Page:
Clemenceau, the Man and His Time

By H. M. Hyndman | Go to book overview

CHAPTER X

PHILOSOPHER AND JOURNALIST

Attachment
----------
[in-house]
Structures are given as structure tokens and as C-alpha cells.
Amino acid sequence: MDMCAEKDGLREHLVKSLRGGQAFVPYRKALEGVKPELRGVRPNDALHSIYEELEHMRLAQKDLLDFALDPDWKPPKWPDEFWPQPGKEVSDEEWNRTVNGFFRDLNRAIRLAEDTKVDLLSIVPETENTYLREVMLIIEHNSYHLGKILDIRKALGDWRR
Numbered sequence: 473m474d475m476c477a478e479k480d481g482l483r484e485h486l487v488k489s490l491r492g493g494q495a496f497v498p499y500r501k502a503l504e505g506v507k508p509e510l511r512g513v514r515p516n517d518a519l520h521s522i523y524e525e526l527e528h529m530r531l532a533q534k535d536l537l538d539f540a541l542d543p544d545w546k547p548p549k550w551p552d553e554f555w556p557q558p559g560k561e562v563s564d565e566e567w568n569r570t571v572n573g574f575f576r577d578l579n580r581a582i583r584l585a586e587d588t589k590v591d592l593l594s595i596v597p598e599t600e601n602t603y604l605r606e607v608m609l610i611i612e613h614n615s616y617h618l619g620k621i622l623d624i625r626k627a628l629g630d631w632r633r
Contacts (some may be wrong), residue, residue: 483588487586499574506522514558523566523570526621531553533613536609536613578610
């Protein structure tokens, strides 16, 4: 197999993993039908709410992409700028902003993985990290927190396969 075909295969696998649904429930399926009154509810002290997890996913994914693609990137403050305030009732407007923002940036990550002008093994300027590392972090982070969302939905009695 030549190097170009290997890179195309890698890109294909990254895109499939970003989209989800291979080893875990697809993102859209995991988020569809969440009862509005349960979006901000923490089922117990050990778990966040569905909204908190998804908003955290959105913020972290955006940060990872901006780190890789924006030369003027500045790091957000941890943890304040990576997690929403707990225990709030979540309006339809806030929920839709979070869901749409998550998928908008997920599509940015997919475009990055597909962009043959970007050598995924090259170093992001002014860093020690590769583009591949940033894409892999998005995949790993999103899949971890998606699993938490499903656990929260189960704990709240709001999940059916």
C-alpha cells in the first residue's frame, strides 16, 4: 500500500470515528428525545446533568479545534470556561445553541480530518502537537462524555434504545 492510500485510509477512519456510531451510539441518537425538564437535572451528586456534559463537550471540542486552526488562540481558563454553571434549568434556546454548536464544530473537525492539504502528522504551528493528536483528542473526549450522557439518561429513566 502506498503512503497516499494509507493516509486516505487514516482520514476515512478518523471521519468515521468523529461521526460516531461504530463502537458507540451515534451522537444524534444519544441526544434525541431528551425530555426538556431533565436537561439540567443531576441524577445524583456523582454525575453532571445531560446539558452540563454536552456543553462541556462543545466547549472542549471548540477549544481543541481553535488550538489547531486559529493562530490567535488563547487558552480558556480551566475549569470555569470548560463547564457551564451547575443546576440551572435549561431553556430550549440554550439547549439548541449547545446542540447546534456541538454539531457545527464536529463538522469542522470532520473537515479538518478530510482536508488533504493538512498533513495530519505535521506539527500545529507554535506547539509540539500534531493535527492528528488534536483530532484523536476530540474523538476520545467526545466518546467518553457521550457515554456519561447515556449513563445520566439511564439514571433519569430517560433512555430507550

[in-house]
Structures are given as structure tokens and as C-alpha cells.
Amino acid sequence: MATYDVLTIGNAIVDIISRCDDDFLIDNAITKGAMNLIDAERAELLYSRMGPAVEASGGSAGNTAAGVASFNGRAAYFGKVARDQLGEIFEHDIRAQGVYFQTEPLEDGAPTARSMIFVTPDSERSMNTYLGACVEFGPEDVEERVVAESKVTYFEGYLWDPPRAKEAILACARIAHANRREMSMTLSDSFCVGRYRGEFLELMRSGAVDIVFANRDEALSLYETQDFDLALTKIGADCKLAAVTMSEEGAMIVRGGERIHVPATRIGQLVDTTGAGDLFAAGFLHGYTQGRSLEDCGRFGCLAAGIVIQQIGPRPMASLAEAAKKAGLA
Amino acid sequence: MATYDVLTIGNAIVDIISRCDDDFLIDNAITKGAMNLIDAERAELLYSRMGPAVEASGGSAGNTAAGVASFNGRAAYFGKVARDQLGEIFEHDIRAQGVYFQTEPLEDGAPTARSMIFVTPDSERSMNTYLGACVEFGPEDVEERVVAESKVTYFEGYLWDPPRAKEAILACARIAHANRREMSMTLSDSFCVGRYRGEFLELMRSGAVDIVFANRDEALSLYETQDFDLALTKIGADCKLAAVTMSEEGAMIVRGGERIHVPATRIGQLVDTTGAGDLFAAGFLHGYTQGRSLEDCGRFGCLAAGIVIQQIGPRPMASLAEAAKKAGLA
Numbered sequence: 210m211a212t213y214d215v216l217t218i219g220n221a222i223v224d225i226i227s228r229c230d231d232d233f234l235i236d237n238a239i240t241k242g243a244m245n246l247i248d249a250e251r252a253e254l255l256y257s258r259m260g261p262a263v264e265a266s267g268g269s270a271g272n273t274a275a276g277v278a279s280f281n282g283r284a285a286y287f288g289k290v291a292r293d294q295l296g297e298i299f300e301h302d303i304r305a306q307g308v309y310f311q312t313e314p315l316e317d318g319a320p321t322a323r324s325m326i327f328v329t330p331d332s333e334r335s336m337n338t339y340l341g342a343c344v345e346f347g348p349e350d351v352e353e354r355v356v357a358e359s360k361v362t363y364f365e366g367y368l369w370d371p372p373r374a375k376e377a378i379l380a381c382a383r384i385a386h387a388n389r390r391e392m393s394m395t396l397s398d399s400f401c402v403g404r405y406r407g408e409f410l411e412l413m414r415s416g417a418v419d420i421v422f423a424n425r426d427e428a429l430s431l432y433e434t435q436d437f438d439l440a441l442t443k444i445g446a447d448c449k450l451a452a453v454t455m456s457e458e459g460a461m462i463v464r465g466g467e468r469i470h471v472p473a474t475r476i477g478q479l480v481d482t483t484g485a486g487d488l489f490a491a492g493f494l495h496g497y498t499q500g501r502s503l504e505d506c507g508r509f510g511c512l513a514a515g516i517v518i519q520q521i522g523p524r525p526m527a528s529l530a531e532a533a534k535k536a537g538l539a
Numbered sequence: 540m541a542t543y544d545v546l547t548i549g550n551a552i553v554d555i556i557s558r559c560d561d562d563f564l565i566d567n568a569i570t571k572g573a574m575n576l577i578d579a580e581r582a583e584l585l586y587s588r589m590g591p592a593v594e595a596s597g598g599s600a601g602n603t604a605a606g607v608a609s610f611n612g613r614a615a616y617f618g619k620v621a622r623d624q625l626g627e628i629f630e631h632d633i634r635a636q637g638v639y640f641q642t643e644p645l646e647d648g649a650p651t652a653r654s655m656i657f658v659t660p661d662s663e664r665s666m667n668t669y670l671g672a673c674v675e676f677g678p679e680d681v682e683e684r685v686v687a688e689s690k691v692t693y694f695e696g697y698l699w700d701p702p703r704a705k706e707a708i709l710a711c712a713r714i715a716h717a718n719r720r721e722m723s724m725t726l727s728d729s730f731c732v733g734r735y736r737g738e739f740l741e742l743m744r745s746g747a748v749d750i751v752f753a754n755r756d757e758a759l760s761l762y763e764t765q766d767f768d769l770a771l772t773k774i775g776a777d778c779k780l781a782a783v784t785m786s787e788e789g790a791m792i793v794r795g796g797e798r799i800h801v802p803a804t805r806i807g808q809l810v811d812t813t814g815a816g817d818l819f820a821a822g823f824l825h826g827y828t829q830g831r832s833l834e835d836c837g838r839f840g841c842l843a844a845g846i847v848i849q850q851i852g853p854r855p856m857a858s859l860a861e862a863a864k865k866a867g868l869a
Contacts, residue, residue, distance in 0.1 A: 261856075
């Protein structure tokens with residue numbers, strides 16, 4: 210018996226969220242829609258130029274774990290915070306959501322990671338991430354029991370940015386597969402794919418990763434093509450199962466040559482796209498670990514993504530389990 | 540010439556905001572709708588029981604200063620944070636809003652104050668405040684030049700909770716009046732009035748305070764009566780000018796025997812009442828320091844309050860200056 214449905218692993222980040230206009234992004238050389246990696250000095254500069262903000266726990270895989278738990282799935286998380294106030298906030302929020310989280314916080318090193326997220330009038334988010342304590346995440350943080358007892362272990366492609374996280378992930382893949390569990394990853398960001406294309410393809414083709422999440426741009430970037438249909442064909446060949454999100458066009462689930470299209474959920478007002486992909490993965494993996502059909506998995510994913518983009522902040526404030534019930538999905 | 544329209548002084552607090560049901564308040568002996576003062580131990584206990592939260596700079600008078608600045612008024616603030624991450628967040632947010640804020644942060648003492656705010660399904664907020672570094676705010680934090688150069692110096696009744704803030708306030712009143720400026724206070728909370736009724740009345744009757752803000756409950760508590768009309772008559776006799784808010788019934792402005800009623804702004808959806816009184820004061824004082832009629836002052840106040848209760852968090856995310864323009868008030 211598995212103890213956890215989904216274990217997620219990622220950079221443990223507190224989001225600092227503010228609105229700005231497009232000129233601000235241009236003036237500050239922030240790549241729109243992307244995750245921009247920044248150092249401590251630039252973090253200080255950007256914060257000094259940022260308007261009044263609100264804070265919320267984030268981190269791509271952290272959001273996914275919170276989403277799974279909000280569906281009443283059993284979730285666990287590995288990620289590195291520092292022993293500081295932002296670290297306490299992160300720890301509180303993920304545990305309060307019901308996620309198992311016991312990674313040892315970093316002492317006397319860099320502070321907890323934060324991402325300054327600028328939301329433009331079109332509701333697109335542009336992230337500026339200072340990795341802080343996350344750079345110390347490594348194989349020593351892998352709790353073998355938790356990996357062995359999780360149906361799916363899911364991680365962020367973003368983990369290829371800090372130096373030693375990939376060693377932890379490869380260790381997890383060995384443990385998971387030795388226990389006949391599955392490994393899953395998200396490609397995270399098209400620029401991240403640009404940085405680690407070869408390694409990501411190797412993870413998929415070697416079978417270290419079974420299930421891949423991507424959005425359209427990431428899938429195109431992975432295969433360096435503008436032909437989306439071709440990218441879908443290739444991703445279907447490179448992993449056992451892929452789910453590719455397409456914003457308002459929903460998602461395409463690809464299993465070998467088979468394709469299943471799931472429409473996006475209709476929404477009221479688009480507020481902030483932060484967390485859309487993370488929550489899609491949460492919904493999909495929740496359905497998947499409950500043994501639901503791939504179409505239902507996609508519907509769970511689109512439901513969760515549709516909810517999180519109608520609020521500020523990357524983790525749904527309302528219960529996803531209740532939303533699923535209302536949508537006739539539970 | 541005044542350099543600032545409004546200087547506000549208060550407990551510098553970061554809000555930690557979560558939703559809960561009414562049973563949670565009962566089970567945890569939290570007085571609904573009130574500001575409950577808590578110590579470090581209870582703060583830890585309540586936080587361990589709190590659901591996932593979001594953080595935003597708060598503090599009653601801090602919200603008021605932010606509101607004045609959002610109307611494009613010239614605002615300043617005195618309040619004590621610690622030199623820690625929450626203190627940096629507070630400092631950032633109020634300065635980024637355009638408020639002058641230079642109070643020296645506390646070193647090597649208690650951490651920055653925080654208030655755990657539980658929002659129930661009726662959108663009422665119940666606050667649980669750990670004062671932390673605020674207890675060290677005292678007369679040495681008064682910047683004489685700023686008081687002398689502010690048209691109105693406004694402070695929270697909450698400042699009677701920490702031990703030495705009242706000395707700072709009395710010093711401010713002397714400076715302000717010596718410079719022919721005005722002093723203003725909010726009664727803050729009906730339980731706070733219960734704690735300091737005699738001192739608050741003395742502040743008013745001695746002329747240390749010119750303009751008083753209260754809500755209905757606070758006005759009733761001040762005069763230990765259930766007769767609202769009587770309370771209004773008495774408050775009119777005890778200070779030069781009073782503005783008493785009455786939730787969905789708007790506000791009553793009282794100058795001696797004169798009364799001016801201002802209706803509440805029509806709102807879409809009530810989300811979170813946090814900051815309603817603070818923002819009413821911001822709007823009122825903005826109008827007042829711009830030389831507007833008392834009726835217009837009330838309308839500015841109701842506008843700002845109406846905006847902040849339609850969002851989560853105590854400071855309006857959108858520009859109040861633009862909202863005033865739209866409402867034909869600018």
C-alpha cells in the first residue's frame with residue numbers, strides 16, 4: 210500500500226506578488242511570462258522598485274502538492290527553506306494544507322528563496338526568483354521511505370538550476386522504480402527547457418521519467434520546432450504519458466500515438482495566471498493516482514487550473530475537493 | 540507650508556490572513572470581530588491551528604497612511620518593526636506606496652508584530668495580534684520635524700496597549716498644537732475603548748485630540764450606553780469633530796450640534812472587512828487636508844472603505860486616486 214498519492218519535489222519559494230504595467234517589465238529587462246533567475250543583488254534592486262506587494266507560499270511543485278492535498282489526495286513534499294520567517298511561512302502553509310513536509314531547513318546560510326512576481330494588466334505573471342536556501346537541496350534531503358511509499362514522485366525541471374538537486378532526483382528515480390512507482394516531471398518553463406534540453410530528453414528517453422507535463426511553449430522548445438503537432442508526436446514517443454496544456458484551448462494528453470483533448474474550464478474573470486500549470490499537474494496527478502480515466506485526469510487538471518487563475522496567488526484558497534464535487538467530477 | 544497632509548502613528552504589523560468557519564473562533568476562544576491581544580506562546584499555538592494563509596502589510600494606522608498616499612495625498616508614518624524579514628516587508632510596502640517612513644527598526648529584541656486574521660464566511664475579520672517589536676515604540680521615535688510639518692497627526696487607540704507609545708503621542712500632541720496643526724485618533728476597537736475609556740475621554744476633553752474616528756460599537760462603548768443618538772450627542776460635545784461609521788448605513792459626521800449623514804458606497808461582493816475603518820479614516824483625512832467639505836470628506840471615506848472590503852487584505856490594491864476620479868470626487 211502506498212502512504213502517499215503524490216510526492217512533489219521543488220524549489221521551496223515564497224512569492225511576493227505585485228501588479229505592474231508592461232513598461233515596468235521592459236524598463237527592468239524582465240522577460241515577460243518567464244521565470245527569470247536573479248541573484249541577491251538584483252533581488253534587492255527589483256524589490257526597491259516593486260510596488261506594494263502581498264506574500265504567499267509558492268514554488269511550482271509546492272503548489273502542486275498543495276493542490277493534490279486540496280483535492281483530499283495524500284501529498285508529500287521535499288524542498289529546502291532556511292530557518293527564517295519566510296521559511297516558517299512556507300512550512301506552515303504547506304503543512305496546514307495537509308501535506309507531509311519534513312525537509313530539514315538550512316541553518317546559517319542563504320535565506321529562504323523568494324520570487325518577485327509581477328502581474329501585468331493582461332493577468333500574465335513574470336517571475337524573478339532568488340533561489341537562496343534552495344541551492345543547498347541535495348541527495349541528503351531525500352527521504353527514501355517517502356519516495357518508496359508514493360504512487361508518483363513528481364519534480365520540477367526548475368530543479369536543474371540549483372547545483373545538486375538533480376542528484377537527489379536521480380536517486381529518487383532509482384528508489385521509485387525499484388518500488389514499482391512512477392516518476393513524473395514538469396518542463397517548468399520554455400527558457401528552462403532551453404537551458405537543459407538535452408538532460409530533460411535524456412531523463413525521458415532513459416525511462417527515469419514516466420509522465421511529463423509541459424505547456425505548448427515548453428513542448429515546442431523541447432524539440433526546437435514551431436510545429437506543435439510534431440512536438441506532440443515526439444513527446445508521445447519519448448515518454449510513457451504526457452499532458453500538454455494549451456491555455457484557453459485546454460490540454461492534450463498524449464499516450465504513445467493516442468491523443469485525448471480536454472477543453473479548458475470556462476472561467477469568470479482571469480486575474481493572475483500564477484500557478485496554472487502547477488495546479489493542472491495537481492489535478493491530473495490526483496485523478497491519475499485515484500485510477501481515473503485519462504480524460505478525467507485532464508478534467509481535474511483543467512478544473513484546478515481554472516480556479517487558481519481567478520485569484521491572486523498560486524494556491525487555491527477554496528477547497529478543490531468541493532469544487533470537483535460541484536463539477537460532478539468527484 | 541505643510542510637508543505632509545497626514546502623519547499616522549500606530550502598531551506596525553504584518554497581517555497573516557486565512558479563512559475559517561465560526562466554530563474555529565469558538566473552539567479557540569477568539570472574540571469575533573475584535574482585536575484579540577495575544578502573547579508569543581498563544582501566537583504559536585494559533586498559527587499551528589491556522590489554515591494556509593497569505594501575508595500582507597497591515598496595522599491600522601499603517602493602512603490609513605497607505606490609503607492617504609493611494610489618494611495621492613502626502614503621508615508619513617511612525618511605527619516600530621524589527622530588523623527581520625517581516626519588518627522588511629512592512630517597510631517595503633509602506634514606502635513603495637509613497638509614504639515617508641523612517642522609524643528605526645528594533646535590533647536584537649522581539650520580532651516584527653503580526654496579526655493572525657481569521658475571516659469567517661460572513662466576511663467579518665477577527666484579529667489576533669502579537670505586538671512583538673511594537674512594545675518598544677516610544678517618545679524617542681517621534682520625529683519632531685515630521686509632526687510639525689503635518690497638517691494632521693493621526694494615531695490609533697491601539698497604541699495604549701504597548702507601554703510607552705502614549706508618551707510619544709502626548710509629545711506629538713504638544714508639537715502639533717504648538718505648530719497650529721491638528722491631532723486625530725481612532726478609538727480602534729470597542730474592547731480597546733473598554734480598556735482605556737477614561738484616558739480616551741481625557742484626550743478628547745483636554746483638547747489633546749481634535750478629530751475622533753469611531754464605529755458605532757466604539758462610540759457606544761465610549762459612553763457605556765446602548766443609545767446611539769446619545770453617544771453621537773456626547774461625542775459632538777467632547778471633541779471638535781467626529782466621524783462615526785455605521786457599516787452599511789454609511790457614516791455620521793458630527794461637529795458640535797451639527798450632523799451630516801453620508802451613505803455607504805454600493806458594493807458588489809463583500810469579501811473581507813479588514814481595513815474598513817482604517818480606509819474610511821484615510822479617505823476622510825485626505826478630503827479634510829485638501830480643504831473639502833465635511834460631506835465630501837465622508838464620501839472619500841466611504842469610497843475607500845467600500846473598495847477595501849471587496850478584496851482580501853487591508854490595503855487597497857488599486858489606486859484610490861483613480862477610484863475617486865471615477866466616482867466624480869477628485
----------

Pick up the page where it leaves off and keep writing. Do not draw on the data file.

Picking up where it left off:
RARELY has a politician received a heavier blow than this which fell upon Clemenceau in 1893. Ordinarily, a man of his intellectual eminence and remarkable political faculties has no difficulty, if he loses one seat in the National Assembly of any country, in speedily getting another. Not so with Clemenceau. His very success as leader of the advanced Left and the proof that, though always a comparatively poor man, he had remained thoroughly honest amid all the intrigues and financial scandals around him told against him. He interfered with too many ambitions, was a stumbling-block in the way of too many high policies, to be able to command his return for another constituency. The same interests and jealousies which had combined against him at Draguignan would have attacked him with redoubled fury elsewhere. Persistent determination to carry really thorough democratic reforms in every department, combined with very high ability, relentless disregard of personal claims, complete indifference to mere party considerations and perfect honesty are qualities so inconvenient to modern politicians of every shade of opinion that the wonder is Clemenceau had held his position so long as he did. To have destroyed no fewer than eighteen more or less reactionary administrations, while always refusing to form a Cabinet himself, was a title to

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